In Asia, the ancient Chinese commemorated the summer solstice as a celebration of femininity and the earth, as the sun rose to give life to summer crops. Come winter, the Chinese would, fairly, celebrate the December solstice as honoring masculinity and the heavens. In India, the ancient Ajanta caves are thought to align with the sun on the summer and winter solstices, so that the stone Buddhas within are lit up during the ethereal moment.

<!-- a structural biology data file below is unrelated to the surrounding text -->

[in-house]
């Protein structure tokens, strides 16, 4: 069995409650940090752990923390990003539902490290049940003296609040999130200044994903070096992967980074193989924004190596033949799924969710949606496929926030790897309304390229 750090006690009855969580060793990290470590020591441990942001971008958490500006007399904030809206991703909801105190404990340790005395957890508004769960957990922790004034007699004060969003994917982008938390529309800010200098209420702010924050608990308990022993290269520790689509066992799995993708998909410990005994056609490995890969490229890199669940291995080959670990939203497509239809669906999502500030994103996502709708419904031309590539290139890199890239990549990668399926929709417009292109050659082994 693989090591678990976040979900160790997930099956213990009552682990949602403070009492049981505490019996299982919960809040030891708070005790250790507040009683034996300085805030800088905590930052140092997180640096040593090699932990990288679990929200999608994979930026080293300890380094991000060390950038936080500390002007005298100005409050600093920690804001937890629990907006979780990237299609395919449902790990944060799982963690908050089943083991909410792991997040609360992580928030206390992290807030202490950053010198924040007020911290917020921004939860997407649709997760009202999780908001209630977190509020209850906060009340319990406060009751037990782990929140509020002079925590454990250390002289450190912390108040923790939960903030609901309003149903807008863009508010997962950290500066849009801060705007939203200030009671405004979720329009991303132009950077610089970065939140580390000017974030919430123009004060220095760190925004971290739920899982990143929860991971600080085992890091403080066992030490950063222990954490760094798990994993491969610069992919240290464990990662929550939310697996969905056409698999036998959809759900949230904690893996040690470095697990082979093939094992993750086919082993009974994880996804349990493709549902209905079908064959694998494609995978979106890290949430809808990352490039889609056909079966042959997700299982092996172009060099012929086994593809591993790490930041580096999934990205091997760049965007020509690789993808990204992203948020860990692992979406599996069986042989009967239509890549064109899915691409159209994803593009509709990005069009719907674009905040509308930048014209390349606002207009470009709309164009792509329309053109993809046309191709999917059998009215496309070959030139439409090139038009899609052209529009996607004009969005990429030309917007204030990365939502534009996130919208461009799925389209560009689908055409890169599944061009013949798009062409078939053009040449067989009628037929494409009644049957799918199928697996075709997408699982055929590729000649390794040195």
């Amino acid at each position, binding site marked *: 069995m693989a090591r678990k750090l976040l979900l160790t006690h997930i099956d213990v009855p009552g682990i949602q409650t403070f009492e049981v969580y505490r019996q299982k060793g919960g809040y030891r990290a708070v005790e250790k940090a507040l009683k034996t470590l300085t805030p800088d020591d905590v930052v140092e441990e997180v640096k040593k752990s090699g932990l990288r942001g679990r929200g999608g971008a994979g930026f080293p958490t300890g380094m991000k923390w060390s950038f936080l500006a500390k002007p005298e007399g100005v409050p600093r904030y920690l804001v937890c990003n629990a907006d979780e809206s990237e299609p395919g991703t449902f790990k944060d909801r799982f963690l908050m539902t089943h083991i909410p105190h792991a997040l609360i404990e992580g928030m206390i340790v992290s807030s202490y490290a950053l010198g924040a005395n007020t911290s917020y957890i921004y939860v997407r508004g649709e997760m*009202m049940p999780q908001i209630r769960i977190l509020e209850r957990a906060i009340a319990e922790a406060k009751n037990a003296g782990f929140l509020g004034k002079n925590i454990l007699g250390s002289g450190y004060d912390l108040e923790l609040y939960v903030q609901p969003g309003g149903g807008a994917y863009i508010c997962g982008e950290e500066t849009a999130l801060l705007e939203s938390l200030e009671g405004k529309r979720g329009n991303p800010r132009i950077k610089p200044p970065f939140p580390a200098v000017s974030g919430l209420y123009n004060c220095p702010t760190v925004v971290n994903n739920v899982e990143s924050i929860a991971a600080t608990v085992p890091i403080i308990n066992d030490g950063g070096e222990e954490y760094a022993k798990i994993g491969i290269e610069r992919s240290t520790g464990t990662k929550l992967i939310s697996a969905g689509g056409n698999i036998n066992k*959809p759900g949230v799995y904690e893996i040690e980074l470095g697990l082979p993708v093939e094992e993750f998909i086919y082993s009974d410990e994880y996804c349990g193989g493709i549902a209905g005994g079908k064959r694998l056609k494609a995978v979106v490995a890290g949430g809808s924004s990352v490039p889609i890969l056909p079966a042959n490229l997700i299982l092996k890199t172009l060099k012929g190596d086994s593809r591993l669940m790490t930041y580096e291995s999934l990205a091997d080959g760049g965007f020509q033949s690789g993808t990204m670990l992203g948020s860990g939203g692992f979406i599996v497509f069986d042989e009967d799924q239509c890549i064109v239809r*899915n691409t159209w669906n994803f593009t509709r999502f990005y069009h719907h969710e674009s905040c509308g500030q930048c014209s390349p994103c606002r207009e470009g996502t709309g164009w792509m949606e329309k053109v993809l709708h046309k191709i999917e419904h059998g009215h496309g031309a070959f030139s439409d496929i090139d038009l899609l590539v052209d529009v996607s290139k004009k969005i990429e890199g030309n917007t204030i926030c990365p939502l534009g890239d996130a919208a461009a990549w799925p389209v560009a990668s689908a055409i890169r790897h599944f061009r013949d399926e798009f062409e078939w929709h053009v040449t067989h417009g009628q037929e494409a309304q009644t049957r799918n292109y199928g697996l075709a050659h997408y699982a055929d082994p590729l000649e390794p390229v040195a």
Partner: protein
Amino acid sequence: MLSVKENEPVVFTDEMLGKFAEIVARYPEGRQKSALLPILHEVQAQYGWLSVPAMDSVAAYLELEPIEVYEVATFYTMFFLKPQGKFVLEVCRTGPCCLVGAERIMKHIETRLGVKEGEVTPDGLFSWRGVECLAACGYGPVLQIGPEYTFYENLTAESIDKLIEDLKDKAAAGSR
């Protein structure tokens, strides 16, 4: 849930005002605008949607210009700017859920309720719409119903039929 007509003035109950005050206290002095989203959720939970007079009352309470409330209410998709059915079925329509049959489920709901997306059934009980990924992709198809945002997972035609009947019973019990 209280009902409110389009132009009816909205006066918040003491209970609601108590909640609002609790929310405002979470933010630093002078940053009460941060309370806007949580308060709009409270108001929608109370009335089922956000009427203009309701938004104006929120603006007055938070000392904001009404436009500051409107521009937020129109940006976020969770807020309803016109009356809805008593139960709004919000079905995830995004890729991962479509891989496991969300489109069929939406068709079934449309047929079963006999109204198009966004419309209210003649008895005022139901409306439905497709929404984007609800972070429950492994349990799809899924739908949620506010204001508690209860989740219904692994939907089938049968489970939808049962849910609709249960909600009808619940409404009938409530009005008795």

Generally, the summer solstice becomes more important with increasing latitude – for civilizations close to the broiling equator, after all, summer weather was not particularly novel, nor was the demarcation of seasons so important to agriculture. In North America, Wyoming’s Bighorn medicine wheel – a Native American-made stone arrangement some several hundred years old – is believed to have been deliberately built to align with the solstice sunrise and sunset. And in northern Europe, Celtic, Slavic, and Germanic couples would leap over bonfires, in hopes of giving a magical jolt to the sun’s fertile powers – their crops that summer would grow as high as the lovers had jumped, it was thought.